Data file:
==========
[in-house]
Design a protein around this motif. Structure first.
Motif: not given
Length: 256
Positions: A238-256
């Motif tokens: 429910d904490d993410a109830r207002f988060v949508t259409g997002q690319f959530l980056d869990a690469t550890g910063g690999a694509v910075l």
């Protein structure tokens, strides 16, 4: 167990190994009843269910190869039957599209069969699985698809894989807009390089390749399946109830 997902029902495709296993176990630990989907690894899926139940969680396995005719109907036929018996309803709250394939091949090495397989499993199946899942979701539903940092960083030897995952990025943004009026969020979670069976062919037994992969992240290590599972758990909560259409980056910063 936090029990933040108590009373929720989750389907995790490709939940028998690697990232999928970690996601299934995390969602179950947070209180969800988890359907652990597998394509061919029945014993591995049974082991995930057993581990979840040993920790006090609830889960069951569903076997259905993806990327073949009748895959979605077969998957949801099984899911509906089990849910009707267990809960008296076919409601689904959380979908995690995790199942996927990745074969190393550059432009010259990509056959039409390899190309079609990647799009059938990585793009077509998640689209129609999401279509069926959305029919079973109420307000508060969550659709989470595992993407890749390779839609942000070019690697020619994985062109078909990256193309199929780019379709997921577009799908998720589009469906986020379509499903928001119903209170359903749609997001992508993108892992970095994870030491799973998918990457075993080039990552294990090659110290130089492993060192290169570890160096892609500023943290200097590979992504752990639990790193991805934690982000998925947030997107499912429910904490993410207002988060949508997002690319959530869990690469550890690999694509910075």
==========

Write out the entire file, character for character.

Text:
[in-house]
Design a protein around this motif. Structure first.
Motif: not given
Length: 256
Positions: A238-256
């Motif tokens: 429910d904490d993410a109830r207002f988060v949508t259409g997002q690319f959530l980056d869990a690469t550890g910063g690999a694509v910075l």
């Protein structure tokens, strides 16, 4: 167990190994009843269910190869039957599209069969699985698809894989807009390089390749399946109830 997902029902495709296993176990630990989907690894899926139940969680396995005719109907036929018996309803709250394939091949090495397989499993199946899942979701539903940092960083030897995952990025943004009026969020979670069976062919037994992969992240290590599972758990909560259409980056910063 936090029990933040108590009373929720989750389907995790490709939940028998690697990232999928970690996601299934995390969602179950947070209180969800988890359907652990597998394509061919029945014993591995049974082991995930057993581990979840040993920790006090609830889960069951569903076997259905993806990327073949009748895959979605077969998957949801099984899911509906089990849910009707267990809960008296076919409601689904959380979908995690995790199942996927990745074969190393550059432009010259990509056959039409390899190309079609990647799009059938990585793009077509998640689209129609999401279509069926959305029919079973109420307000508060969550659709989470595992993407890749390779839609942000070019690697020619994985062109078909990256193309199929780019379709997921577009799908998720589009469906986020379509499903928001119903209170359903749609997001992508993108892992970095994870030491799973998918990457075993080039990552294990090659110290130089492993060192290169570890160096892609500023943290200097590979992504752990639990790193991805934690982000998925947030997107499912429910904490993410207002988060949508997002690319959530869990690469550890690999694509910075």